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Figure 2. Amylase and trypsin activity in intestine homogenates is increased during SAO.

Enzyme activity of amylase (A) and trypsin (B) in intestine homogenates of SHAM animals or animals subjected to SAO protocol with luminal inhibition using acarbose (ACA), tranexamic acid (TA) or nafamostat mesilate or without (NI). Activity of luminal contents of SHAM intestines for each enzyme is shown at the end of the graphs. Western blot for amylase, trypsin and β-actin in intestine homogenates of groups described above (C) with corresponding density levels measurements (D, E). Values are mean±SEM (n = 4)/group **P<0.001 compared to SHAM, †††P<0.0001 compared to SAO30, ‡P<0.05 and ‡‡P<0.001 compared to ACA, §§§ P<0.0001 compared to all the other groups.

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After general anesthesia (Ketamine/Xylazine, 75 mg/kg Body Weight (BW)/20 mg/kg BW, intra-muscular) all groups were injected 0.9% saline (3 ml/100 g BW) into the lumen of the intestine either alone (SHAM or SAO30 groups) or mixed with one of three enzyme inhibitors (SAO30+ACA, SAO30+TA, or SAO30+ANGD groups). The concentration of the enzyme inhibitors was as follows: acarbose (0.5 mg/100 g BW) and tranexamic acid (0.1 g/100 g BW) (Sigma-Aldrich, St Louis, MO) or nafamostat mesilate (5 mg/100 g BW, Torii Pharmaceutical Co. Ltd., Tokyo, Japan). 30 min after saline or saline/inhibitor injection, the superior mesenteric and celiac arteries were isolated and occluded for 30 min for the ischemic groups or isolated without occlusion in the sham group. After 30 min SAO or sham surgery the animals were euthanized with Beuthanasia® 0.22 ml/kg BW, intra-venous.

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Figure 3. In situ zymography for trypsin in jejunal sections.

Representative micrographs of trypsin activity as observed by fluorescence of specific substrate (blue), nuclei counterstaining with propidum iodine (red) in SHAM animals or animals subjected to SAO protocol with luminal inhibition with acarbose (ACA), tranexamic acid (TA) or nafamostat mesilate or without inhibitors (SAO30).

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Assessment of Intestinal Permeability In-Vivo

In separate experiments, rat jejunal sections were assayed for in vivo FITC-dextran transport (20 kDa, Sigma-Aldrich) from the lumen of the intestine into the intestinal wall. Groups were the same as described above with FITC-dextran (100 mg/ml) added to saline or saline/inhibitor solution prior to injection in the lumen of the intestine followed by 30 minutes ischemia or sham surgery and euthanasia.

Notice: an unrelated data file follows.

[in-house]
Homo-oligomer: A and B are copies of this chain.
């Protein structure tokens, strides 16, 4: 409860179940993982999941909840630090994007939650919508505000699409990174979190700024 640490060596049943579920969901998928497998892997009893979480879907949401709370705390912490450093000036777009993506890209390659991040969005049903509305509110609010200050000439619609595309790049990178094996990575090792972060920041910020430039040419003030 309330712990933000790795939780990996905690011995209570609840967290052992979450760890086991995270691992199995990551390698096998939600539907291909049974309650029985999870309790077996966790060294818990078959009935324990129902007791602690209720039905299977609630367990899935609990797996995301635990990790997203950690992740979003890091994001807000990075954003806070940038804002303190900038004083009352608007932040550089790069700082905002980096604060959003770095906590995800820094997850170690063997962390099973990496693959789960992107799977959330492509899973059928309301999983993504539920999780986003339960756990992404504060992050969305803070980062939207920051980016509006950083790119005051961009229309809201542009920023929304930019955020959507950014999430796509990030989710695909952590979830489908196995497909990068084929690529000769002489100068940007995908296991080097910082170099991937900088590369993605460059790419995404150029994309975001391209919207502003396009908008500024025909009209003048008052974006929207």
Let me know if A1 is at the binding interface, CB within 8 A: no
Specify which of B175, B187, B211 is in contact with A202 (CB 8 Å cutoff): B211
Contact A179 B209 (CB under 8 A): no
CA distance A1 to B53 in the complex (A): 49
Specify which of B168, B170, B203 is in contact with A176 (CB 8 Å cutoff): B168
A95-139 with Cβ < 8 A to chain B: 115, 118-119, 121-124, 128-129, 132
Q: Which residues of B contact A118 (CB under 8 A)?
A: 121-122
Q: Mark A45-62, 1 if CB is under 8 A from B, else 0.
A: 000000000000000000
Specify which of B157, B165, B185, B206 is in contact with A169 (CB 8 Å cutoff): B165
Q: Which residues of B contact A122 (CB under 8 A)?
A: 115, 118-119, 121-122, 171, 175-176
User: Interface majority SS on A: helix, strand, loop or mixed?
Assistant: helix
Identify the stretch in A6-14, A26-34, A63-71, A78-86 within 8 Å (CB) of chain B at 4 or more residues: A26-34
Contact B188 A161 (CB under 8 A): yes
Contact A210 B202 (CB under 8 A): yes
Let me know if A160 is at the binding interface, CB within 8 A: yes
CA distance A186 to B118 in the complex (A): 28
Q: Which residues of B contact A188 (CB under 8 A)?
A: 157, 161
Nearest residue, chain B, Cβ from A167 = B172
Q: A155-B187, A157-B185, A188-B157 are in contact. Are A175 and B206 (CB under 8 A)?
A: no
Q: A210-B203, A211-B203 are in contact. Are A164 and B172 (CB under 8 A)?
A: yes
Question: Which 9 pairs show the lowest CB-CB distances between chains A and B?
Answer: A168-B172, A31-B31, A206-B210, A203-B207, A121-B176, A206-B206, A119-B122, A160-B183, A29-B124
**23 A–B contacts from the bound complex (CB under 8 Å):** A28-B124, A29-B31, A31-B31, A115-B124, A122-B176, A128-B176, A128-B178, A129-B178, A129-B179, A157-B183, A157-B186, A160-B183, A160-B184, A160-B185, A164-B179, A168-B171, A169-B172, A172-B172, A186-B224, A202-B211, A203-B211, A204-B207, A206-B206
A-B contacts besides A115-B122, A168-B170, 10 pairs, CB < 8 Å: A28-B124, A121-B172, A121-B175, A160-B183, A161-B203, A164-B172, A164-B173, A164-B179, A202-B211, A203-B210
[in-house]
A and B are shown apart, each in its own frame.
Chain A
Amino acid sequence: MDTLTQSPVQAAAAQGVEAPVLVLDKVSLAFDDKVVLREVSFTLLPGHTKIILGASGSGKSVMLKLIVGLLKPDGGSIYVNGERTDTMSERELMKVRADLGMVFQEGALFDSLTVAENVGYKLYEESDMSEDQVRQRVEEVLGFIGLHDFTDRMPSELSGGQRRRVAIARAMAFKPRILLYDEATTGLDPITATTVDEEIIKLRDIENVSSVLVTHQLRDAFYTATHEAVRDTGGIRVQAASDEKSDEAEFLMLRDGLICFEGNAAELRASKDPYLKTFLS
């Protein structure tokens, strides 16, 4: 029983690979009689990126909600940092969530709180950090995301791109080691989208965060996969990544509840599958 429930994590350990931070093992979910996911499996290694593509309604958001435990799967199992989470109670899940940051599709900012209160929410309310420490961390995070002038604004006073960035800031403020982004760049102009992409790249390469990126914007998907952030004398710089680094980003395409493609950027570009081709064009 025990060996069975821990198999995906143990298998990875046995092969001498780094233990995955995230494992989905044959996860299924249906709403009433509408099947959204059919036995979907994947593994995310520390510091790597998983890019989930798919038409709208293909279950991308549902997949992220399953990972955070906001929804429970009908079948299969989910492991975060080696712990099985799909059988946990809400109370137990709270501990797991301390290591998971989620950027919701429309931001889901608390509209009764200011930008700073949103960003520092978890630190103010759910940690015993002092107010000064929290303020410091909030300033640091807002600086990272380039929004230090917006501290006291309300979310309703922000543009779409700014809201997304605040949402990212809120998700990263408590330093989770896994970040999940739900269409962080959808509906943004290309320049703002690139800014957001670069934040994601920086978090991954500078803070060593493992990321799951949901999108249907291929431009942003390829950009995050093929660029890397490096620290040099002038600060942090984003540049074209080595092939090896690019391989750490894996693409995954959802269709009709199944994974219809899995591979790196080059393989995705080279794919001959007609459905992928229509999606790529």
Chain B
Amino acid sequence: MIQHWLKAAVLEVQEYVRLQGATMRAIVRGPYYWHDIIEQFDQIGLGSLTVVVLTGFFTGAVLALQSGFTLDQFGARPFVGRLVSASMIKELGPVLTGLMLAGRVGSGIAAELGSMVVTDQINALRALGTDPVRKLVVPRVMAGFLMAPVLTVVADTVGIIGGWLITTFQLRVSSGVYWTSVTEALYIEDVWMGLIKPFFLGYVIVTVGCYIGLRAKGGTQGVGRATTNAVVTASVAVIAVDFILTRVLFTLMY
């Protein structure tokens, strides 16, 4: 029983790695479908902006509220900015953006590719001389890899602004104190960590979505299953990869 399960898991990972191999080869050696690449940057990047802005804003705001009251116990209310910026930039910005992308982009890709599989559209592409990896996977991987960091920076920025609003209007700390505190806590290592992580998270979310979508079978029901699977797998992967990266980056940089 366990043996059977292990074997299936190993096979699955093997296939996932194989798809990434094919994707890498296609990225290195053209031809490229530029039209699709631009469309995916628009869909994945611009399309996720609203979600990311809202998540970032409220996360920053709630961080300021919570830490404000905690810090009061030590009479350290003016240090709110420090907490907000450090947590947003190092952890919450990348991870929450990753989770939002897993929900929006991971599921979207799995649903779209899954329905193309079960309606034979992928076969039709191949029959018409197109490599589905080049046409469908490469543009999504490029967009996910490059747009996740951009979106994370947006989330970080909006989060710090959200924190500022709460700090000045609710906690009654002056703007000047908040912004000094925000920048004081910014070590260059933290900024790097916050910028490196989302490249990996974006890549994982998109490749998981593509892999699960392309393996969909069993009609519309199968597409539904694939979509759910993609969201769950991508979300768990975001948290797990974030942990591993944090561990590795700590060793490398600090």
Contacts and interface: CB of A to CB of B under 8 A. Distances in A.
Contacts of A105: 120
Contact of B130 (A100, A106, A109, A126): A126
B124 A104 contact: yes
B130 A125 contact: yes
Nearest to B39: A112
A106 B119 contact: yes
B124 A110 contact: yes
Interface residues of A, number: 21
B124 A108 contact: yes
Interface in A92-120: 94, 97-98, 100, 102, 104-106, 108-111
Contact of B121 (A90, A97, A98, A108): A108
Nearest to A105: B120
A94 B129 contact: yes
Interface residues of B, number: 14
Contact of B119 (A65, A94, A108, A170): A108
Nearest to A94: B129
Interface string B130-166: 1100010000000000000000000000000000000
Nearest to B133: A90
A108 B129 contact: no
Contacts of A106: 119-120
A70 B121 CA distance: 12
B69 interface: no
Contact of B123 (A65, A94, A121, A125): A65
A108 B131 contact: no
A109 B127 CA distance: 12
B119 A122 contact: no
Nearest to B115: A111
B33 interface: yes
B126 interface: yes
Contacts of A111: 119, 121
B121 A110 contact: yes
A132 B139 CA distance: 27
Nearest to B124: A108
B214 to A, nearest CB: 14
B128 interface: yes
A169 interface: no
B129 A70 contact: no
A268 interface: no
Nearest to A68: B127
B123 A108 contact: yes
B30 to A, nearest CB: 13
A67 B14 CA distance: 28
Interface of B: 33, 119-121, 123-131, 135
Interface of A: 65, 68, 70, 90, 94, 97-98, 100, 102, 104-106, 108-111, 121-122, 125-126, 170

Tissue Cryosections

After euthanasia, jejunal sections (~1 cm in length) were excised without removal of luminal contents and suspended in Tissue-Tek O.C.T. Compound (Sakura Finetek, Torrance, CA), snap frozen in isopentane/liquid nitrogen, and stored at −80°C for analysis. Cryosections (5 µm thickness) along the longitudinal axis of the villi were used throughout all experiments. Cryosections were fixed in 10% formalin solution and processed in a non-blinded fashion.

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Figure 4. Tissue localization of mucin 2 and trypsin on jejunal sections.

Representative immunostaining of mucin 2 (green), trypsin (red), with nuclei counterstaining (blue) for jejunal sections corresponding to SHAM animals or animals subjected to SAO protocol with luminal inhibition with acarbose (ACA), tranexamic acid (TA) or nafamostat mesilate or without inhibitors (SAO30).

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In-situ Tissue Zymography and Immunohistochemistry

In-situ zymography for trypsin activity in cryosections was assessed by measurement of fluorescence resulting from the proteolytic cleavage of the substrate (1 mM, Nα-benzoyl-L-arginine-7-amido-methylcoum​arinhydrochloride; Sigma-Aldrich) as described elsewhere [22]. For immunohistochemical analysis, primary antibodies were diluted as followed: Trypsin 1:300 and mucin2 1:200 (Santa Cruz Biotechnology, Santa Cruz, CA); the extracellular domain of TLR4 1:250 (Abcam, Cambridge, MA), and the intracellular domain of TLR4 1:250 (Invitrogen, Carlsbad, CA, USA). Secondary antibodies were as follows: FITC (Santa Cruz Biotechnology) and HRP (ImmPRESS, Vector Lab; Burlingame, CA). The slides were developed using 3, 3′-diaminodbenzidine substrate and counterstained with hematoxylin or DAPI (Vector Lab) or propidium iodine (Sigma-Aldrich). Slides were observed in a non-blinded fashion under an inverted microscope (20× and 60× objectives).